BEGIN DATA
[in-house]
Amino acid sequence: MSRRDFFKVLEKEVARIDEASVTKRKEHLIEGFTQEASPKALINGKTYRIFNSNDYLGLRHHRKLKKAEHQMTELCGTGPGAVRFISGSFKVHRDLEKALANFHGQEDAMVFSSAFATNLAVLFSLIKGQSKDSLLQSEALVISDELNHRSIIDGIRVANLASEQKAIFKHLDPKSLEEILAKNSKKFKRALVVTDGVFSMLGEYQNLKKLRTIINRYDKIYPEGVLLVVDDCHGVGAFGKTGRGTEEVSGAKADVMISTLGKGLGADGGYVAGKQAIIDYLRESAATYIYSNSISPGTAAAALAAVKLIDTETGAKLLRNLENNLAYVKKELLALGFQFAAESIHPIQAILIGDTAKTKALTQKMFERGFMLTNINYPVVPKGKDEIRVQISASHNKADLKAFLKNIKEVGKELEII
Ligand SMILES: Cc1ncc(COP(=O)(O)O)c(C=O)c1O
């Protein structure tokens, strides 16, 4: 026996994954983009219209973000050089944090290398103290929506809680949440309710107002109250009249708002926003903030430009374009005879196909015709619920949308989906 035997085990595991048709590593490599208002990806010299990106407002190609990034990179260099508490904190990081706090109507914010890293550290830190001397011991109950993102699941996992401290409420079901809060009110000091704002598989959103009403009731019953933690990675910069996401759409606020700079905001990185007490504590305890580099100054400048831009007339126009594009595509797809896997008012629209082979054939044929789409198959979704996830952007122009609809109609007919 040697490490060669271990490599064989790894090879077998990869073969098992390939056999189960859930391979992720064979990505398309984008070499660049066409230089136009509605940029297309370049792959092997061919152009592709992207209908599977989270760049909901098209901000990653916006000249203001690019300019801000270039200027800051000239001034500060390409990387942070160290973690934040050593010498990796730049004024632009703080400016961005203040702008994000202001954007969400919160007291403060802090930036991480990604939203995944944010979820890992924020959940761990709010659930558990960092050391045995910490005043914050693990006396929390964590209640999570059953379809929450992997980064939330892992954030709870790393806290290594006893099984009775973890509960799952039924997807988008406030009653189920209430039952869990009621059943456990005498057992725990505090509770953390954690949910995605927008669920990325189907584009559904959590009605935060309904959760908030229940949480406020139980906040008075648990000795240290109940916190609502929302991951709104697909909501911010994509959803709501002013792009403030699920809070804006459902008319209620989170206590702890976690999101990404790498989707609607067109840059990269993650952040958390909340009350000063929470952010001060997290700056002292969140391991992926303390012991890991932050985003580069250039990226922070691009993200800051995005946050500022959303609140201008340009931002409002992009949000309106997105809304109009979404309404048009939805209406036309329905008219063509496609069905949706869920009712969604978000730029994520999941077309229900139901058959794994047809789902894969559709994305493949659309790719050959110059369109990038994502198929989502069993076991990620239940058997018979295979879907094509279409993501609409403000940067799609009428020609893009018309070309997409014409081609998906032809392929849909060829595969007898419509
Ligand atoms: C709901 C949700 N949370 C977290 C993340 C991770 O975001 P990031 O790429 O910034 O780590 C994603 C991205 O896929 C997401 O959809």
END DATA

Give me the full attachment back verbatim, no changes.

[in-house]
Amino acid sequence: MSRRDFFKVLEKEVARIDEASVTKRKEHLIEGFTQEASPKALINGKTYRIFNSNDYLGLRHHRKLKKAEHQMTELCGTGPGAVRFISGSFKVHRDLEKALANFHGQEDAMVFSSAFATNLAVLFSLIKGQSKDSLLQSEALVISDELNHRSIIDGIRVANLASEQKAIFKHLDPKSLEEILAKNSKKFKRALVVTDGVFSMLGEYQNLKKLRTIINRYDKIYPEGVLLVVDDCHGVGAFGKTGRGTEEVSGAKADVMISTLGKGLGADGGYVAGKQAIIDYLRESAATYIYSNSISPGTAAAALAAVKLIDTETGAKLLRNLENNLAYVKKELLALGFQFAAESIHPIQAILIGDTAKTKALTQKMFERGFMLTNINYPVVPKGKDEIRVQISASHNKADLKAFLKNIKEVGKELEII
Ligand SMILES: Cc1ncc(COP(=O)(O)O)c(C=O)c1O
């Protein structure tokens, strides 16, 4: 026996994954983009219209973000050089944090290398103290929506809680949440309710107002109250009249708002926003903030430009374009005879196909015709619920949308989906 035997085990595991048709590593490599208002990806010299990106407002190609990034990179260099508490904190990081706090109507914010890293550290830190001397011991109950993102699941996992401290409420079901809060009110000091704002598989959103009403009731019953933690990675910069996401759409606020700079905001990185007490504590305890580099100054400048831009007339126009594009595509797809896997008012629209082979054939044929789409198959979704996830952007122009609809109609007919 040697490490060669271990490599064989790894090879077998990869073969098992390939056999189960859930391979992720064979990505398309984008070499660049066409230089136009509605940029297309370049792959092997061919152009592709992207209908599977989270760049909901098209901000990653916006000249203001690019300019801000270039200027800051000239001034500060390409990387942070160290973690934040050593010498990796730049004024632009703080400016961005203040702008994000202001954007969400919160007291403060802090930036991480990604939203995944944010979820890992924020959940761990709010659930558990960092050391045995910490005043914050693990006396929390964590209640999570059953379809929450992997980064939330892992954030709870790393806290290594006893099984009775973890509960799952039924997807988008406030009653189920209430039952869990009621059943456990005498057992725990505090509770953390954690949910995605927008669920990325189907584009559904959590009605935060309904959760908030229940949480406020139980906040008075648990000795240290109940916190609502929302991951709104697909909501911010994509959803709501002013792009403030699920809070804006459902008319209620989170206590702890976690999101990404790498989707609607067109840059990269993650952040958390909340009350000063929470952010001060997290700056002292969140391991992926303390012991890991932050985003580069250039990226922070691009993200800051995005946050500022959303609140201008340009931002409002992009949000309106997105809304109009979404309404048009939805209406036309329905008219063509496609069905949706869920009712969604978000730029994520999941077309229900139901058959794994047809789902894969559709994305493949659309790719050959110059369109990038994502198929989502069993076991990620239940058997018979295979879907094509279409993501609409403000940067799609009428020609893009018309070309997409014409081609998906032809392929849909060829595969007898419509
Ligand atoms: C709901 C949700 N949370 C977290 C993340 C991770 O975001 P990031 O790429 O910034 O780590 C994603 C991205 O896929 C997401 O959809």